Postseason interrupted

Greg Sense, Sports Editor

How UWO athletes are coping without championship competition

As professional athletes and professional sports organizations await the ability to return to competition, college athletes across the country will not be afforded the same opportunity.

“Honestly, it didn’t really hit me that our season was over until like two to three weeks after I left campus,” UW Oshkosh women’s basketball forward Nikki Arneson said. “It didn’t feel real, none of us on the team really had closure. Ever since our season ended, I always wonder ‘what if?’ and I guess we will never know.”

On March, 12, ESPN reported that the NCAA cancelled all winter and spring athletic championships for the 2019-2020 season due to the COVID-19 pandemic. The same day, the National Collegiate Gymnastics Association cancelled its national competition.

“I haven’t really been able to find closure yet and I am not really sure when I will,” UW Oshkosh gymnast Baylee Tkaczuk said. “I try and remember my team and I ended on the best note we could — winning conference — but deep down I am very upset about not being able to compete in my last meet ever.”

COVID-19-related college sports cancellation ended many promising seasons for UWO athletes prematurely.

The UWO Women’s basketball team had earned a berth into the NCAA Division III championship tournament, after winning the Wisconsin Intercollegiate Athletic Conference championship.

In the tournament, the Titans blew out Edgewood College of Madison by 21 points in the first round, and fought back from a 12-point, fourth-quarter deficit in the second round to defeat Bethany Lutheran College (Minn.), in the second round.

UWO was set to play Loras College (Iowa) on March 13 in a “Sweet Sixteen” matchup in Holland, Michigan.

While Arneson said the team was aware of the worsening situation surrounding COVID-19, the players were still shocked that their season came to an end so abruptly.

“I had a feeling our season was going to end early with COVID-19 getting worse and worse,” Arneson said. “But I thought we would get to continue our Sweet Sixteen and Elite Eight games, since we were already there in Michigan. We were all obviously very sad, but I felt bad for our two seniors, Olivia and Emily. They gave so much to this program and having their careers end like that was just heart wrenching.”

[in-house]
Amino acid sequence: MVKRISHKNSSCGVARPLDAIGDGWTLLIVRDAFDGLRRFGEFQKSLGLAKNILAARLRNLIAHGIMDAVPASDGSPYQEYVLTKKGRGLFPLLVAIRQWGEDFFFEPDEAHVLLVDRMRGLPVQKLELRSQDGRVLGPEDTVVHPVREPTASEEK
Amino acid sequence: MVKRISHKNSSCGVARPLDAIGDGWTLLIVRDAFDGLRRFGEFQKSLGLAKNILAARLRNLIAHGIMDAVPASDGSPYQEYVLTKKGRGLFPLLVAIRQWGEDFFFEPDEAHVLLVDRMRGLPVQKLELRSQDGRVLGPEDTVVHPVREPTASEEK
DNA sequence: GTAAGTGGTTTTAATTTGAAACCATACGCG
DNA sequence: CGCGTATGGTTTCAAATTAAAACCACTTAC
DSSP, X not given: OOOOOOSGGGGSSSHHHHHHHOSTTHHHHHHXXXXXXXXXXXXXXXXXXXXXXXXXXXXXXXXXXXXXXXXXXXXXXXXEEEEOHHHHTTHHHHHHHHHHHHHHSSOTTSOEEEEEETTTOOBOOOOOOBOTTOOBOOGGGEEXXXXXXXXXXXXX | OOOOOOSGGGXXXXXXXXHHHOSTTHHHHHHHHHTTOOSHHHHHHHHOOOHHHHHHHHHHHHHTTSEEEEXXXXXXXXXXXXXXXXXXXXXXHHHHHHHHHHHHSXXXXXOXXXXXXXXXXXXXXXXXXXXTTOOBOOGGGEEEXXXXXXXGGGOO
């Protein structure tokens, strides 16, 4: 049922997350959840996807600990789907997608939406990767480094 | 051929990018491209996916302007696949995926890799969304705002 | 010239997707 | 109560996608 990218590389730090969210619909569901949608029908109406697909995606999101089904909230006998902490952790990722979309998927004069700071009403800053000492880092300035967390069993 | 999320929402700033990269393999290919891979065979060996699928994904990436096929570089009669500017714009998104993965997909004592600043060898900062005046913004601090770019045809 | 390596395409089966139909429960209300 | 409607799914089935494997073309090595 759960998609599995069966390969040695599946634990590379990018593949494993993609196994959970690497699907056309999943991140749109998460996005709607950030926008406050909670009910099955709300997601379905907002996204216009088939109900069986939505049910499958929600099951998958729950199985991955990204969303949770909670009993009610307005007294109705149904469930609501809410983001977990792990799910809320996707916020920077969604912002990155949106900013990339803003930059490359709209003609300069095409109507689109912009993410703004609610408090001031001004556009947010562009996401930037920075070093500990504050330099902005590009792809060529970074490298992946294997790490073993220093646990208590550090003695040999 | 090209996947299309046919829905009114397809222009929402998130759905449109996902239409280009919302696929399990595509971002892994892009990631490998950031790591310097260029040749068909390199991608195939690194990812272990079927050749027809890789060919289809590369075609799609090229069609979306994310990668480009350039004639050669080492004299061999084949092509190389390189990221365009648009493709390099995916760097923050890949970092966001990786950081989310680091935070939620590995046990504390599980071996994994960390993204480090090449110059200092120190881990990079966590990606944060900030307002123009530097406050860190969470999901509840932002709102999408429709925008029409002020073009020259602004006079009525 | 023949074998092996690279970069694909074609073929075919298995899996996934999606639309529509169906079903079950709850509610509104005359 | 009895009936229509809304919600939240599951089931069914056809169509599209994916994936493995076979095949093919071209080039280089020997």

In addition to the UWO women’s basketball team, the UWO gymnastics team also missed out on their opportunity to compete at nationals.

After a dominant regular season, where the UWO gymnastics team went 8-1 against WIAC opponents, UWO gymnastics won their first league title in 24 years, qualifying them for the NCGA Championship, which was scheduled for March 27.

Despite a season full of success, it is hard for the Titan gymnastics team to look past a missed opportunity to compete at nationals.

“We worked so hard this season for that one meet,” Tkaczuk said. “That one chance and one opportunity to bring home a gymnastics national championship back to UWO. Winning conference for the first time in 24 years really showed this team had something special and that we weren’t done. This was our year to win and it is really sad to look back and see what could have been.”

UWO diver Matt Wilke also had his opportunity to compete on the national stage taken from him by the COVID-19 pandemic.

Wilke, who competed at last year’s national tournament, said it has been difficult to accept he will not be able to partake in what he has worked so hard for.

“I was disappointed and frustrated at the cancelation of the national meet, Wilke said. “While I knew that it was for the best, it was also tough not being able to have the opportunity that I had been working towards my entire season.”

Despite the unfortunate circumstances that led to the collegiate athletics cancelation, Wilke has been able to find some solace in the fact he has another year left of eligibility.
“I can’t be too mad about it,” Wilke said. “I know they are looking out for the safety and wellbeing of their athletes and everyone else involved. It also helps knowing that I have another year to compete and have a proper end to my athletic career.”

Although many UWO athletes are heartbroken their season was cut short, Arneson believes the NCAA made the right call.

“Obviously I was a little frustrated at first,” Arneson said. “But the fact that COVID-19 was spreading so fast and we didn’t know much about it, it was in everyone’s best interest to cancel the tournaments.”

Despite losing the ability to interact with their teammates face to face, UWO athletes have made a point to stay in touch with one another.

“My teammates and I are very close,” Arneson said. “I talk to a lot of them every day. We have our group chats, a lot of us FaceTime and Snapchat. It’s hard going from seeing each other every day for seven months to not being able to see them at all, but we try our best to keep in touch.”

Although the collegiate athletics season was cut short, many UWO athletes received recognition for their accomplishments.

Junior guard for the UWO women’s basketball team, Leah Porath, was awarded NCAA D-III Women’s Basketball All-Central Region First Team and NCAA Division III All-American by

Despite receiving recognition for a stellar season, Porath said it is hard to accept that her team will not be able to compete for an NCAA championship.

“I am very appreciative of the awards that I have received on the year,” Porath said. “Although for me it doesn’t necessarily provide the closure on the season. I truly believe our team was ready and prepared to go fight for a Final Four, and it is hard not being able to know the outcome of that. So as honored as I am to receive Division III All American team, it doesn’t portray all the hard work everyone on my team has put into this season to get to where we were.”